A Child-Parent Relationship is Forever

Vijai P. Sharma, Ph.D

I was moved by a story I recently heard. The story is about a child who was born with a lung defect. As a result, he would often collect fluid in his lungs and develop pneumonia serious enough to require intensive or critical care. He had a remarkable tenacity and fighting spirit which enabled him to go on living as normal a life as was possible for a little boy with a big medical problem. His parents loved him dearly and were totally involved with every aspect of his life. Their love and encouragement strengthened the boy's perseverance and tenacity and his desire to live a life more fully in spite of a serious and disabling condition. For the purpose of this story we will call him, "John."

John's parents divorced when he was seven. The divorce ended their relationship as partners but it did not change their relationship as parents. Both continued to be keenly involved in John's life such as his school and friends and his medical trials and tribulations. John finished high school, which at times seemed almost impossible, and went on to college. However, his lungs kept on self-destructing as each pulmonary crisis would result into a "drowning" of the lungs in their own fluid. John waited desperately for a lung transplant as the struggle between life and death intensified with each passing moment. Finally, both patents decided to give part of their own lungs to John. The right lung has three lobes and the left two. Each parent gave one lobe of their lungs to John so at least part of his lungs could function normally.

Thus, John, who could no longer breathe from the lungs given by his parents at birth, could do so with the lungs given by them at age 25. Parts of both parents now pulsate together close to his heart. What a story! Seventeen years after divorce, the parents needed each other so they could give their son a new lease of life.

Parents who try to deprive the other of their child and deny the child his or her right to the other parent must remember that a child needs both parents and they will always be mom and dad to their child. The story illustrates that parents are literally the lifelines of a child. A child is entitled to have not just one but both lifelines. I have no doubt in my mind that John could not have done as well as he did if both parents were not there for him, always, one hundred percent, whenever he needed them.

Family therapists often say that children need both parents to survive and thrive. Research shows that the standards of living of children whose parents are involved in protracted legal disputes steadily go down. Many are doomed to live in poverty. A full-blown custody lawsuit in Tennessee rarely costs less than thirty to fifty thousand dollars per parent. Battling parents spend their retirement money, real estate, and other life savings in legal costs; money that could have gone for a youngster's college education, down payment on his or her first house, or towards their own future financial security.

Parents rather than courts should determine how their child will be raised. But, if parents don't do it themselves, a judge has to do it for them, which, sometimes, in the case of angry and defiant children, results in the state raising the children. The needs of a child and his or her future ought not to wait for a court's schedule. Speaking about the court wait, it takes, on average, fifteen months before a family case can be heard in court. Then, on the day of hearing you hurry up to the court only to find out that along with your case there are twenty more, and they all are set for 9.00 a.m. You start waiting. Then a few minutes before noon, as the court breaks for lunch, your wait comes to an end. You along with several others are asked to come back the next day.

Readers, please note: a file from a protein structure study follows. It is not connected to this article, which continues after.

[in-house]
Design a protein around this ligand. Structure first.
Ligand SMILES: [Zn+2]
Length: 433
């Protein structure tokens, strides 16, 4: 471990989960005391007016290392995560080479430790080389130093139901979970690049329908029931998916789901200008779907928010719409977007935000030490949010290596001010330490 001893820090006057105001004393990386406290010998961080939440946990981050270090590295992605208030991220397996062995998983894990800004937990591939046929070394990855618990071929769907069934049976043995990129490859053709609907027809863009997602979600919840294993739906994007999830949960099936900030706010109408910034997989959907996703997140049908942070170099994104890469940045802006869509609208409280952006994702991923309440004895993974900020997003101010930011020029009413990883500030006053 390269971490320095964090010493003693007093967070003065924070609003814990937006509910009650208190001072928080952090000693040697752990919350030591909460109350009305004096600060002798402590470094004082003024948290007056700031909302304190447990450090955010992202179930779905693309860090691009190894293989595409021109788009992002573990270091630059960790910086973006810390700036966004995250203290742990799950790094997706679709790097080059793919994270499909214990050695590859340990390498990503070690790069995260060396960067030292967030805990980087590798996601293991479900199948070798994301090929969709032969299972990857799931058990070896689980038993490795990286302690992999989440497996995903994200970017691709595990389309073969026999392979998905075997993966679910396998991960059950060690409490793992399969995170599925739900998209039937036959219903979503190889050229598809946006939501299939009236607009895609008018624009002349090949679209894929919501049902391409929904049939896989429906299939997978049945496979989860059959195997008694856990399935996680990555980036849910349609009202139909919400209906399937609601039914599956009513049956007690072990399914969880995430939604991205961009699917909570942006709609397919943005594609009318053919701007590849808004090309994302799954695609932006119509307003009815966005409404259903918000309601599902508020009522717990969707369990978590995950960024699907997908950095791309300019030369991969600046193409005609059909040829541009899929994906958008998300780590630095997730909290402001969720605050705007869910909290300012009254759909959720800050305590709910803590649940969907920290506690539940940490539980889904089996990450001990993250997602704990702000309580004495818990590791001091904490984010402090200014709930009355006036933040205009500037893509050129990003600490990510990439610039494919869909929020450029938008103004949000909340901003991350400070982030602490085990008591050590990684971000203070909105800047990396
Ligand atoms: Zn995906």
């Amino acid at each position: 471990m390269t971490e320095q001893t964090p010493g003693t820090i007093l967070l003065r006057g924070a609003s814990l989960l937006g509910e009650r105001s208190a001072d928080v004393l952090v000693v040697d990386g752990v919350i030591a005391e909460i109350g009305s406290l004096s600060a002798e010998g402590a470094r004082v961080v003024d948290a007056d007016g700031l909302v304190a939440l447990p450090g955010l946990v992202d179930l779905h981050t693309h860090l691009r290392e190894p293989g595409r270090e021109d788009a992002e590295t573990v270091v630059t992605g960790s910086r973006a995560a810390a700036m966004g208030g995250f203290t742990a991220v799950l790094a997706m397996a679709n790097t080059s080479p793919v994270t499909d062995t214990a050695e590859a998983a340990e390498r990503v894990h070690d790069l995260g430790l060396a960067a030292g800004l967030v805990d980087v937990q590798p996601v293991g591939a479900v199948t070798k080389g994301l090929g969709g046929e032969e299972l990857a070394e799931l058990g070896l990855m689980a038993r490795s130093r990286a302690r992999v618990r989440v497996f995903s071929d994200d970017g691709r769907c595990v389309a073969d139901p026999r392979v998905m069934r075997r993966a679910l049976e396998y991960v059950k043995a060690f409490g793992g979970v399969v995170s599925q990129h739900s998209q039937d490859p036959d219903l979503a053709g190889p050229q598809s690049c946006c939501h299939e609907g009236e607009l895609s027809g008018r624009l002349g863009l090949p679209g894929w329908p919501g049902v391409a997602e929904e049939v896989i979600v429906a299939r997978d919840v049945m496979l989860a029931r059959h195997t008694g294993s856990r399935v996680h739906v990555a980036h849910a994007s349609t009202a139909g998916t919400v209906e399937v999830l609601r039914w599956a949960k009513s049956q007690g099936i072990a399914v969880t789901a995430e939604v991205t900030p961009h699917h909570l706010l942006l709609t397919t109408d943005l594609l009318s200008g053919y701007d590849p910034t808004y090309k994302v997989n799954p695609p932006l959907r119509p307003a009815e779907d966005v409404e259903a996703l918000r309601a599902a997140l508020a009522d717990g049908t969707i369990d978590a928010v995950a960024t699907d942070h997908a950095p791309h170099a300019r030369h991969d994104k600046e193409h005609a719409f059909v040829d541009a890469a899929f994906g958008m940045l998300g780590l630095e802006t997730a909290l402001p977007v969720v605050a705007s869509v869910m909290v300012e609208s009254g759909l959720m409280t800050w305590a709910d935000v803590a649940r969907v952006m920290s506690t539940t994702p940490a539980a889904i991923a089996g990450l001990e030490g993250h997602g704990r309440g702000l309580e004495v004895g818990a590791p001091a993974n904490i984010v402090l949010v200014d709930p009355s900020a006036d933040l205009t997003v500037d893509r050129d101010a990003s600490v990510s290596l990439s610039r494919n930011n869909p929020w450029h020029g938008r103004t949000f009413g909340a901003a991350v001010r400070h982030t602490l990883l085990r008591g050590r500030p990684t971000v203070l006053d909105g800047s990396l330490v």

People inflict an enormous amount of pain on themselves because they truly believe that there is no other alternative but to fight it out in a court of law. There is no difference that two people can't resolve if they make up their minds and just sit down to talk it over. The solution is not possible, however, if one or both parents have a "hidden agenda," underlying a custody or visitation dispute. The hidden agenda may consist of such motives as using the litigation to hurt the other parent, deny him or her the joy of parenting or punish him or her for breakup of the marriage. The avowed intention of merely serving the "best interest of the child" often masks a deep-seated hostility for "losing" to the ex-.

Judge James Stewart in his book, The Child Custody Book believes that children should not be subjected to testifying their preference to stay with one or the other parent in an open court for "that is considered almost an act of child abuse."

The last thing a little child wants to do is to express a preference for one parent over the other. Children don't want to disappoint either parent and many feel emotionally exhausted in trying to appease raging parents. Some learn to exploit the situation by telling each parent privately what he or she wants to hear. Others feel directly or indirectly coerced to take the side of one parent. Such children take it upon themselves to express the anger of their favorite parent and fight his or her battle with the other parent.

An attempt to deliberately alienate a child from his or her parent or manipulating an emotional reaction from a child against his or her parent amounts to the emotional abuse of a child. Abraham Lincoln once said that the best way to defeat an enemy is to make him (or her) a friend. It is best for the sake of the child to be friends rather than enemies.

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Copyright 2000, Mind Publications 


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